Canon PowerShot G16
Price as Reviewed:£530.00
With a 12.1-million-pixel, back-illuminated sensor, Wi-Fi functionality and a new Digic 6 processor, does Canon’s new compact offer enough to rival other premium models? Read the Canon PowerShot G16 review...
Canon PowerShot G16 review – Build and handling
The G16’s matt-black body is made of magnesium alloy, so it feels very solid and well constructed. The lens protrudes by around 1cm, while a rubberised hand grip is only slightly raised and doesn’t jut out as much as the lens. This helps the camera to be more pocketable. With a length and breadth measuring 108.8×75.9mm, the camera body is slightly smaller than a wallet, although its depth of 40.3mm makes it perhaps somewhat thicker. A jeans pocket would be a squeeze but not impossible, although I think it is better suited to a large coat pocket. The supplied strap is also very useful when using the camera a lot during a day’s shooting.
One of the most significant differences between the G16 and the Nikon’s Coolpix P7800 is the way in which they handle. The P7800 has menu systems and physical buttons very similar to those found on the Nikon DSLR line-up. In use, it feels like a DSLR squeezed into the body of a compact camera. The G16 is almost the exact opposite, featuring the same menu style as much of the Canon PowerShot compact-camera line-up. However, I think this is to the benefit of the G16, giving the camera a far more user-friendly experience. The function menu, which controls most of the shooting-related settings, is open to a lot of customisation, allowing specific items to be placed higher, lower, added or removed. It can therefore be tailored to an individual’s needs. Also, like many of Canon’s other compacts, the G16 carries My Menu, which allows users to register commonly used menu settings for quick access.
The G16 feels very good in the hand. The small rubberised grip at the front has ample space for the user’s shooting fingers, and there’s a comfortable grip on the rear for the thumb. This thumb grip is slightly raised to the right and features a movie-record button and a custom function-button sunk into it. At first glance I thought the position of the buttons could be problematic and prone to accidental pushing while operating the camera. However, my fears proved unfounded and it was actually very handy to have them there. This was especially true of the function button, which I assigned to My Colours so I could switch between black & white and colour modes with minimal effort.
A D-pad, which doubles as a scroll wheel, handles most of the menu controls and value adjustments. Another scroll wheel above the thumb grip changes shutter speed, aperture and white balance correction. Around the D-pad are four other buttons that have different uses when in playback or shooting mode. For example, the ISO button doubles as ‘delete’ in playback and the button to change the focus point position when shooting also acts as a Wi-Fi button in playback. I found the buttons were all laid out well with everything easily accessible.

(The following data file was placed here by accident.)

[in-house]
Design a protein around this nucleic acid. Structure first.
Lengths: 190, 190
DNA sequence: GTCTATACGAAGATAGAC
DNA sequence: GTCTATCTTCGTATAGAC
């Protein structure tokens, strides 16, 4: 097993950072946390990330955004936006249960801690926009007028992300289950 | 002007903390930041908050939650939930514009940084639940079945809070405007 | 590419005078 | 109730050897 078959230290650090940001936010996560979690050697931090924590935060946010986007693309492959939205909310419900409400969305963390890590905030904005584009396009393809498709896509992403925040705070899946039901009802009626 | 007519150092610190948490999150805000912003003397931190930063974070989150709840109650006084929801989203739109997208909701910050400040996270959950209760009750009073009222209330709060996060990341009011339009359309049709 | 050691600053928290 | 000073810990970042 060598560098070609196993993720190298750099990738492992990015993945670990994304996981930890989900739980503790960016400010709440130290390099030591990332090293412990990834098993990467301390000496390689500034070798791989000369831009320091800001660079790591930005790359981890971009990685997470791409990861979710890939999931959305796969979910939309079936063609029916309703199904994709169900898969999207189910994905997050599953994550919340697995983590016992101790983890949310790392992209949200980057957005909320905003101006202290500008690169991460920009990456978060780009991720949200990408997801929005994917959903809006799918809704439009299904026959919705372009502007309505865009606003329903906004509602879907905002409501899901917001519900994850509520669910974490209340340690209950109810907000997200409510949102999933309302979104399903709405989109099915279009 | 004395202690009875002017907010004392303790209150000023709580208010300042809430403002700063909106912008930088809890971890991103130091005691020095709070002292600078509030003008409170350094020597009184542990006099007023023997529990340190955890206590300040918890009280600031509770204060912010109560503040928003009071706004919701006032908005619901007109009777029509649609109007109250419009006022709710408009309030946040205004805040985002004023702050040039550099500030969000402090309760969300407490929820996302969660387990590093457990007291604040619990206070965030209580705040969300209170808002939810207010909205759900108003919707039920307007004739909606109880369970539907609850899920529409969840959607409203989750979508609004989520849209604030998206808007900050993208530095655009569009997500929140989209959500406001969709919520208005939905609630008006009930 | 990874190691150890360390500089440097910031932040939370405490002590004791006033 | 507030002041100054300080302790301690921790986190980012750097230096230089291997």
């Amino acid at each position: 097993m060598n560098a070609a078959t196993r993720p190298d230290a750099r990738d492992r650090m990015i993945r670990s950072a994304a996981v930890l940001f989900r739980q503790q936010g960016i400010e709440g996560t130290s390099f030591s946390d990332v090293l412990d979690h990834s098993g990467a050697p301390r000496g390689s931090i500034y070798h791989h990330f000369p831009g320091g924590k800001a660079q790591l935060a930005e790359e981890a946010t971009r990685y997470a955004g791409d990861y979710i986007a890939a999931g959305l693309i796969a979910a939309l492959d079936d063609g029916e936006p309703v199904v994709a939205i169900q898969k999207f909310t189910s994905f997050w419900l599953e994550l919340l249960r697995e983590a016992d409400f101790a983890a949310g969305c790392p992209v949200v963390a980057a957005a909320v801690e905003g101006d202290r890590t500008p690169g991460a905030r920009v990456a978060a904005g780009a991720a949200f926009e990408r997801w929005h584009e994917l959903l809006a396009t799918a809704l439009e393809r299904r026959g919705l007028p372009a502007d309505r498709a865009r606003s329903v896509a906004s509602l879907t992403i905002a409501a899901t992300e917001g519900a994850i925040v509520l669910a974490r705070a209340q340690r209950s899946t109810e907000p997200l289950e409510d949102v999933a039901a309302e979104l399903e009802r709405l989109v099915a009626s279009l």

- Video: (Full HD) 1920 x 1080 pixels, 60fps/30fps (HD) 1280 x 720 pixels, 30fps, (L) 640 x 480 pixels, 30fps.Star time-lapse movie (full HD) 15fps.Super-slow-motion movie (L) 640 x 480 pixels, 120fps (M) 320 x 240 pixels, 240fps
- AF Assistance: Yes
- White Balance: Auto, 8 presets, plus 2 custom
- Built-in Flash: Yes
- Memory Card: SD, SDHC, SDXC (UHS Speed Class 1 compatible)
- Viewfinder Type: Optical
- Output Size: 4000 x 3000 pixels
- LCD: 3in (7.5cm) PureColor II G LCD (TFT). Approx 922,000 dots
- Max Flash Sync: Up to 1/4000sec
- Sensor: 1/1.7in CMOS with 12.1 million effective pixels
- Hotshoe: Yes
- Weight: 356g (including battery and memory card)
- Exposure Modes: Smart auto, hybrid auto, program, shutter priority, aperture priority, manual, C1, C2, scene (7 modes) creative filters (10 modes) and movie
- Power: Rechargeable Li-Ion battery NB-10L
- Lens: Canon 5x zoom lens, 6.1-30.5mm (28-140mm equivalent) f/1.8-2.8
- File Format: JPEG, raw or raw + JPEG
- AF array: 9 points, selected manually or automatically
- Colour Space: sRGB
- Drive Mode: Single, auto drive, continuous, continuous with AF, self-timer
- Shutter Speeds: 250-1/4000sec (total range – varies by shooting mode)
- Exposure Comp: ±3EV in 1/3EV steps
- RRP: £529
- ISO: 80-12,800
- DoF Preview: No
- Focusing Modes: Manual, single AF, continuous AF, face detection
- Dimensions: 108.8 x 75.9 x 40.3mm
- Metering System: Evaluative, centreweighted average and spot (can be linked to the active AF point or face detection)
- Connectivity / Interface: USB, Wi-Fi, HDMI
- Compression: Fine, Normal